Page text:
The ship noticed the pirates lurking about seven miles away. When the ship passed, the pirates picked up speed and came within about two miles before reconsidering and heading off. Luckily, my brother's ship is what they consider a "hard target" - the ship would be hard to take, and they were aware of the pirates straight away. Armed men on deck may have figured into the pirates' reconsideration as well.
Pirates off the coast of Somalia have frequently been in the news in recent months, and not without reason: my brother says the ship sees pirates more often than not. Only two days ago a ship was taken less than 100 miles (160km) from their position.
While this BBC article argues against carrying arms on merchant ships, my brother sees the guns - shotguns, nothing more - as a visual deterrent more than anything. The article doesn't take into consideration the realities of living on such a ship, and in some ways takes the side of the pirates. Merchant marines have little sympathy for the pirates. "I understand why they do it," says my brother. "But at the same time I feel that if you are willing to [hijack] someone to possibly kill them for ransom money then you get what's coming to you. Piracy used to be punishable by death."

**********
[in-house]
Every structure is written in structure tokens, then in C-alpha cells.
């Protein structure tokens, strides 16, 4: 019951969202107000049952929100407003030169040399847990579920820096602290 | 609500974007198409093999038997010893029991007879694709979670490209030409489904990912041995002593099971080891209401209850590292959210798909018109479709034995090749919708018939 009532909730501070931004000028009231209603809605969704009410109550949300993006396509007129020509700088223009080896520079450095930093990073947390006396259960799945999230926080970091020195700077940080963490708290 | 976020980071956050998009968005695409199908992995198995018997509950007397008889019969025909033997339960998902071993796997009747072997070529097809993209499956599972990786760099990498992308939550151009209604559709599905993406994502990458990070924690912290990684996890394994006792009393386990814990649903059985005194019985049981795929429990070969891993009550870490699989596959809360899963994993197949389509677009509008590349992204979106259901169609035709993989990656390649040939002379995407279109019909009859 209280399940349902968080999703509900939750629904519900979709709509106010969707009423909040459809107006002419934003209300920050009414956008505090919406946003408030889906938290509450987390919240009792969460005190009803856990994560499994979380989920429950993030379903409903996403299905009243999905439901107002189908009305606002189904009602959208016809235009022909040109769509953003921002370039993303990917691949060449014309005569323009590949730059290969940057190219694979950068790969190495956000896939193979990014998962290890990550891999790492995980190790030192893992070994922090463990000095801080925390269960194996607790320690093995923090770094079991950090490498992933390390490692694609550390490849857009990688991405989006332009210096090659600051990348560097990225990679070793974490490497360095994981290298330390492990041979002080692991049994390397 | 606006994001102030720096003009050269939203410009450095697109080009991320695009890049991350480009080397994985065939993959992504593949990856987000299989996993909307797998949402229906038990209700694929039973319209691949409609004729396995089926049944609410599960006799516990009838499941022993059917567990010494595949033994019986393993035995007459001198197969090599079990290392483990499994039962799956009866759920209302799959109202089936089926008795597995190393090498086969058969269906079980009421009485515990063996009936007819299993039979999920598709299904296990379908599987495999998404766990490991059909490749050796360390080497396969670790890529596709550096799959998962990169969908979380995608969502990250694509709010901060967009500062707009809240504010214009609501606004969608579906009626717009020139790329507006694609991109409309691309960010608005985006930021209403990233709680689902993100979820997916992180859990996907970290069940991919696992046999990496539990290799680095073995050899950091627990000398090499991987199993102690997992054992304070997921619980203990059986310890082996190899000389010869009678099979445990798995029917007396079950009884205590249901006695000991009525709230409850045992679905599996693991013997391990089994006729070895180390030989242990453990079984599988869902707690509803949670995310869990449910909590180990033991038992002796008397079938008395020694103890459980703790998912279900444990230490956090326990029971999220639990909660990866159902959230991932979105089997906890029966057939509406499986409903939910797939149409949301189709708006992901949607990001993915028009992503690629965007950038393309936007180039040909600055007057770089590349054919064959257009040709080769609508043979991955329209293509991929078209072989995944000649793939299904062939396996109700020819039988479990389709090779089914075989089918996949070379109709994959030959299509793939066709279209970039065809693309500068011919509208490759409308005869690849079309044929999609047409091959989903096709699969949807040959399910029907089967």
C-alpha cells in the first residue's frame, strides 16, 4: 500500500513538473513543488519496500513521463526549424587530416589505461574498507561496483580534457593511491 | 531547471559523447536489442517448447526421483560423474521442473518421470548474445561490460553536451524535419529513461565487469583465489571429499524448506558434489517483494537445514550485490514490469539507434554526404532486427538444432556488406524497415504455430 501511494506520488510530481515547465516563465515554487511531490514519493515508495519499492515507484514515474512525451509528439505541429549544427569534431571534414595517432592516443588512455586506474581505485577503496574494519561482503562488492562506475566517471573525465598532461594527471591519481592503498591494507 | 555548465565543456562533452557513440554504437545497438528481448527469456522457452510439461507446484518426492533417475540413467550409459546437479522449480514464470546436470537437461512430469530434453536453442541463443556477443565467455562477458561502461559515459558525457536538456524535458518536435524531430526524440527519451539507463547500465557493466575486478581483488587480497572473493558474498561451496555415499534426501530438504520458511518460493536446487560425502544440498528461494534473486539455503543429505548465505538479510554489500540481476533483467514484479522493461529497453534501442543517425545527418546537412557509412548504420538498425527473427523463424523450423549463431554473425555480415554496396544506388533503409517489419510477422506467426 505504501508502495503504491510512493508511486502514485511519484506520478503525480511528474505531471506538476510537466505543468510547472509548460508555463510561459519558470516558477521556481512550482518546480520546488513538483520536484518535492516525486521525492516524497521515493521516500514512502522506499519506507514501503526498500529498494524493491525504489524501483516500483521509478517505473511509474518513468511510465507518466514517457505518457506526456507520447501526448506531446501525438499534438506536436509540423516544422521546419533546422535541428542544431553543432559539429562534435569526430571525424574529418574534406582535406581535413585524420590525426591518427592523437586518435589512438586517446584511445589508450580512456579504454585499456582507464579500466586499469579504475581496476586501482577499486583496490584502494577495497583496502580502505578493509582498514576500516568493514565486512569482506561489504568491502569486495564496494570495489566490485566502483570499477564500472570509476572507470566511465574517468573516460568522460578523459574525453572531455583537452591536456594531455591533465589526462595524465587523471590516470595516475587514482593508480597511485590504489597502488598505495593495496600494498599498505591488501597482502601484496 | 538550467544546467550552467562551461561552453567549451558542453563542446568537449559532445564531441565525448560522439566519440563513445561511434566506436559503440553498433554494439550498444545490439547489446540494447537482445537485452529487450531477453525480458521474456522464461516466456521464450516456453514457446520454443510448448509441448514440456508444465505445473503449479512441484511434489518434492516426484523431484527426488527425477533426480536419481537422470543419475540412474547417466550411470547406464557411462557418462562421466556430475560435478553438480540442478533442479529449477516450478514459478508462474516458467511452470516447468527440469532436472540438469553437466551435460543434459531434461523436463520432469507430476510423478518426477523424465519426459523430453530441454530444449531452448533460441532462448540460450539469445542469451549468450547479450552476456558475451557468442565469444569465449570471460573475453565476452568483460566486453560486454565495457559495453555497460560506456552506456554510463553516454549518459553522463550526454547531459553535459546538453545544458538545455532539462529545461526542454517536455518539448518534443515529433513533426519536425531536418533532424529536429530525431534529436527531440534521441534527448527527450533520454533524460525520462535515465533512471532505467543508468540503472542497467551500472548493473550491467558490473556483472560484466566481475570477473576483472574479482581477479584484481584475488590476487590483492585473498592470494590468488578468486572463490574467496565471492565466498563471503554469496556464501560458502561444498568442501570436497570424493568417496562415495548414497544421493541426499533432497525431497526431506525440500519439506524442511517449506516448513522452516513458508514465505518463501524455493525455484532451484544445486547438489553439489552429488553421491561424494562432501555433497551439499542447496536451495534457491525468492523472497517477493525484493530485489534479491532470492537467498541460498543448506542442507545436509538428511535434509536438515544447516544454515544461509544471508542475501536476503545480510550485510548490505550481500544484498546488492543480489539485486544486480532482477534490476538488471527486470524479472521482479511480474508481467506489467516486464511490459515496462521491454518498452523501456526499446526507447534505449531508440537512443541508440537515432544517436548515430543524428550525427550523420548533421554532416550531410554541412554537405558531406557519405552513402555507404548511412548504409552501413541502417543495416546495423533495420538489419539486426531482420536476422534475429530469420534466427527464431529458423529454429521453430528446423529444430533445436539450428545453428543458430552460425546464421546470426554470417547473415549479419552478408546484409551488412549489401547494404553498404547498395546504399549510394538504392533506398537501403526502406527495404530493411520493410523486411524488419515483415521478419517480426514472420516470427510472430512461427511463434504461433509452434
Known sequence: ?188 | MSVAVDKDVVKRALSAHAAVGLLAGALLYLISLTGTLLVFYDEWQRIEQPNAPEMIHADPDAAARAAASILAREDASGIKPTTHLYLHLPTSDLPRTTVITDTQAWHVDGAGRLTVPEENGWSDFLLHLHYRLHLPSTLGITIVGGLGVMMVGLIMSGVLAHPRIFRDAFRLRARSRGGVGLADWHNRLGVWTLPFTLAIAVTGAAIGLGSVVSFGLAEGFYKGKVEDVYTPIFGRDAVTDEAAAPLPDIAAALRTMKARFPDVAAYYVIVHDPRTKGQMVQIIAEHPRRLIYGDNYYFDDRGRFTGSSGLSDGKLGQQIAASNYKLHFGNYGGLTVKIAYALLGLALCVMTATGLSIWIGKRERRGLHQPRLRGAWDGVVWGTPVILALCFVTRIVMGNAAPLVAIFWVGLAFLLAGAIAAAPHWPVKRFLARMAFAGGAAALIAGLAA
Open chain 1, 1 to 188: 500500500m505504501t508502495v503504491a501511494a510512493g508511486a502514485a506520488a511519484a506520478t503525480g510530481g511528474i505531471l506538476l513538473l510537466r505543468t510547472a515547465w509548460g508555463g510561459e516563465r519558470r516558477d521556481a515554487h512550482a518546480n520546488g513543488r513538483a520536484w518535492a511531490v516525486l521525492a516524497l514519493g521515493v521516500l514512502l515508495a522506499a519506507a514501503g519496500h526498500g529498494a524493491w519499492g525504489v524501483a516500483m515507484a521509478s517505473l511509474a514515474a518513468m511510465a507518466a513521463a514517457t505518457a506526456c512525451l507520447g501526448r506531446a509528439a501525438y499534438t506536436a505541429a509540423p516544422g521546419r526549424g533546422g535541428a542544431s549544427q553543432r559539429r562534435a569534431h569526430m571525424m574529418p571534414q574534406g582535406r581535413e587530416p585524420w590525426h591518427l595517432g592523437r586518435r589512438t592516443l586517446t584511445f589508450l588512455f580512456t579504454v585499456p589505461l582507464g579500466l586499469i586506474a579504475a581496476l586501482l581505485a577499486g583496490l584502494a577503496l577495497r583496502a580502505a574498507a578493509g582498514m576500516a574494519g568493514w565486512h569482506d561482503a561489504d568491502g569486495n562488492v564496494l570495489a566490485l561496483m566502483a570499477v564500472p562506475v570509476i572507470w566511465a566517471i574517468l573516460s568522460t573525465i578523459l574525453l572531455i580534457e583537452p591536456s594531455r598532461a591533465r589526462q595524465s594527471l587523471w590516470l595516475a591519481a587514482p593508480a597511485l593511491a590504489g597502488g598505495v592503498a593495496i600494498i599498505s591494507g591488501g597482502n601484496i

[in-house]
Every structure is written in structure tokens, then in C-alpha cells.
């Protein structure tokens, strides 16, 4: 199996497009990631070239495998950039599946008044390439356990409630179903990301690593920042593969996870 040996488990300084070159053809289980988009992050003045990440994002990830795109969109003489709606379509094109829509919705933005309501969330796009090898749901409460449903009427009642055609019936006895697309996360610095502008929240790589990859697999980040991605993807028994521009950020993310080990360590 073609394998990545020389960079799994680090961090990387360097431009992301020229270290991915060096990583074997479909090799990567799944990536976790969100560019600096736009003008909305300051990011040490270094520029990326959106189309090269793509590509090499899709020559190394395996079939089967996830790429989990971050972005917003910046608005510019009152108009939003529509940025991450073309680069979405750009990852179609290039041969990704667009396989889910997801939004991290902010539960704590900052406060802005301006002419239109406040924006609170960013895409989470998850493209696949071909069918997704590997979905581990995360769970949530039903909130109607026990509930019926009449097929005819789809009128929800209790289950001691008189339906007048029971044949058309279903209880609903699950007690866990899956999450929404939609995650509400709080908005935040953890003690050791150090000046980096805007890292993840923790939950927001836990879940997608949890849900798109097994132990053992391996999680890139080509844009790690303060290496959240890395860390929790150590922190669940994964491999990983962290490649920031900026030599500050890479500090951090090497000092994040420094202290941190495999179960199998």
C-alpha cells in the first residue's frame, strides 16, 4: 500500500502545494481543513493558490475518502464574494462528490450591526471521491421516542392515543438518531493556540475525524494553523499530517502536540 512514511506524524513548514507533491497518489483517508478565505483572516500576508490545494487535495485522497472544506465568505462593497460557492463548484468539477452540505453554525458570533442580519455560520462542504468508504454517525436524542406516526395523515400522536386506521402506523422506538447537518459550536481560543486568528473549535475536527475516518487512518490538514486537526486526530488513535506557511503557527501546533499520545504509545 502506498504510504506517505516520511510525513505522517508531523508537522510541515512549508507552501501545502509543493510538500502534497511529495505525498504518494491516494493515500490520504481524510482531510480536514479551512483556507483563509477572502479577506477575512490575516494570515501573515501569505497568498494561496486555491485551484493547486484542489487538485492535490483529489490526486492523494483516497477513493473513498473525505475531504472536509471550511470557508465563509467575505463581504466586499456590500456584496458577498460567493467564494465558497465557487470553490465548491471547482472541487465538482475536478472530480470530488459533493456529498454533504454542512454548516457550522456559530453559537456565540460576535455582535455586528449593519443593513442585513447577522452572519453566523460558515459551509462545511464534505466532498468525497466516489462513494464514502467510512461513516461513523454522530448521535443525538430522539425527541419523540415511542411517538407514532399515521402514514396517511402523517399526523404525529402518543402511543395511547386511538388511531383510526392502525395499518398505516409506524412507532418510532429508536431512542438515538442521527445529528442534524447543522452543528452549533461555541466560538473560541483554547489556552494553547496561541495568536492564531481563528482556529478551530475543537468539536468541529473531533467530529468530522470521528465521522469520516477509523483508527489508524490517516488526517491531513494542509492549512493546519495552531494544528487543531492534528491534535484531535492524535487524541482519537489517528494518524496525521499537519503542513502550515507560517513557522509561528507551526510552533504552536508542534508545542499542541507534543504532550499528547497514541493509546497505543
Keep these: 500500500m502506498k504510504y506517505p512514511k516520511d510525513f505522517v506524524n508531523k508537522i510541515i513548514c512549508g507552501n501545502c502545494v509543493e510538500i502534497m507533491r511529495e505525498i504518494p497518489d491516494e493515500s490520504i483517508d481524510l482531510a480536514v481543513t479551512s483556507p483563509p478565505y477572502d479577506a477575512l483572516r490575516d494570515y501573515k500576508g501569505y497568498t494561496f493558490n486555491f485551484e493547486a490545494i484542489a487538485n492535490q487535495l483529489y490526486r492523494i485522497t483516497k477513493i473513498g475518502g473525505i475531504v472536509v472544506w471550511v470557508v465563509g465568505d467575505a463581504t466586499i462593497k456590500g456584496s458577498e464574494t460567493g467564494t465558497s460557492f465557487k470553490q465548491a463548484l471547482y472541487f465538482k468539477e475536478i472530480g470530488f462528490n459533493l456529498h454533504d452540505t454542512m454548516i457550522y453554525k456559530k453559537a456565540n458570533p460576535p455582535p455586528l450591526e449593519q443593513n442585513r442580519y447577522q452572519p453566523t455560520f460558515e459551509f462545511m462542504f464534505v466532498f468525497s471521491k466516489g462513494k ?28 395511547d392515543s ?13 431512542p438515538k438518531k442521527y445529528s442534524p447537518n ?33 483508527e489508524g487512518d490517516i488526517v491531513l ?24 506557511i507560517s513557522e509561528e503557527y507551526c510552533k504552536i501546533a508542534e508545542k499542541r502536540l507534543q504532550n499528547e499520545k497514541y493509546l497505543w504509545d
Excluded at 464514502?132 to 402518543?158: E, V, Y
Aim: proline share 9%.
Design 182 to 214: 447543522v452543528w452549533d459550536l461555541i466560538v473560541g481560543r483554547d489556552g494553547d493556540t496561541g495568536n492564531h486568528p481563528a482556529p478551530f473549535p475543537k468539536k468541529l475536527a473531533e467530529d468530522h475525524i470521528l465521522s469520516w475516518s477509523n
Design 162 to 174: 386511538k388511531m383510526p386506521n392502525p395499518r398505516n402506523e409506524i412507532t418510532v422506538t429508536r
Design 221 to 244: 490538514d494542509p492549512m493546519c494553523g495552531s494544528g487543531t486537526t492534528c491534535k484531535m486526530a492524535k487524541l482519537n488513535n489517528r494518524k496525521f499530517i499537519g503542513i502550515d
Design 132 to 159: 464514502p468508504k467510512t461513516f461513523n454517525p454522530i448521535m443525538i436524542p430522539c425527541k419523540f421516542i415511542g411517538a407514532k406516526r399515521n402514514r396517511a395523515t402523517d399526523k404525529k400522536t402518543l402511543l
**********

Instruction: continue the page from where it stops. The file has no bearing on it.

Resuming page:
The rules of engagement are complicated, and the situation is drawing significant media attention. For now, I'm just glad my brother's ship isn't an appealing target for pirates. Hopefully it will stay that way.